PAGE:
Background: The leading cause of death due to unintentional injuries amidst individuals 65 years and older is falls, and there is increasing evidence of an association between opioid use and falls in older adults. Objective: The aim of this study was to observe the rate at which patients admitted to trauma centers had opioids listed on their current medications list or present in their urine drug screen. Methods & Design: This study conducted a retrospective, descriptive, correlational study of 2,873 patients aged 15 years and older who were admitted to Allen County trauma centers as a result of a fall between 01/01/2017 and 04/30/2018. Data regarding if the patient had an opioid or benzodiazepine medication on their current medications list and if they were discharged with an opioid were gathered via chart review. The age groups were divided into two groups to observe differences between younger and older adults. Associations were evaluated via univariate and multivariate logistic regression tests. Odds ratios (ORs) were utilized to demonstrate the results with 90% confidence intervals (90% CI). Additional sub-analyses for length of stay (LOS), patient status at time of discharge, and injury severity score (ISS) were also performed. Results: Of all the patients who were admitted to a trauma center for a fall, 30.0% had an existing opioid prescription in their medical records. Of those that had a documented opioid prescription in their current medications list, 87.2% were in the older adult age group. Overall, older adults with an opioid prescription comprised 31.2% of the total fall population (Odds Ratio [OR]=0.71; 90% CI 0.59-0.86). Conclusion: This study demonstrates that the proportion of patients on opioid medications prior to their fall may have been underestimated, compared to the previous literature.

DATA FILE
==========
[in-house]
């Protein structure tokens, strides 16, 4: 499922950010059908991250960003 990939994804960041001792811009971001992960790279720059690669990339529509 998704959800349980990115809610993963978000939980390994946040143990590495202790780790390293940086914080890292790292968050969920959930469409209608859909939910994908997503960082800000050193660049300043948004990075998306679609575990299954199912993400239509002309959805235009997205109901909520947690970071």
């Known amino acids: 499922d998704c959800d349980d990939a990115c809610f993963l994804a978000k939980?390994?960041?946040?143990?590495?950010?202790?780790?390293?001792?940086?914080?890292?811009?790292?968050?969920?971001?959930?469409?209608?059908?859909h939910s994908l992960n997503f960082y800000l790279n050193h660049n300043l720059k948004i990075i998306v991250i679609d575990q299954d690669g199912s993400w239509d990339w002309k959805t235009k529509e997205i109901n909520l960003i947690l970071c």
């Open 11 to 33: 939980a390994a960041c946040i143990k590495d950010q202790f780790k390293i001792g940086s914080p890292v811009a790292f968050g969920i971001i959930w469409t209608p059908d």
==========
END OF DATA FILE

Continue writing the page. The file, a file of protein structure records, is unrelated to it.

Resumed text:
IU School of Medicine Student Research Fellowship Program
Adjei, Stephanie; Muha, Jake; Sanders, Jana; Chard, Annette; Hollister, Lisa; and McMahan, Deborah MD, "A Retrospective Analysis of Fall Patients and the Potential Contribution of Opioids" (2018). Graduate and Medical Student Research. 9.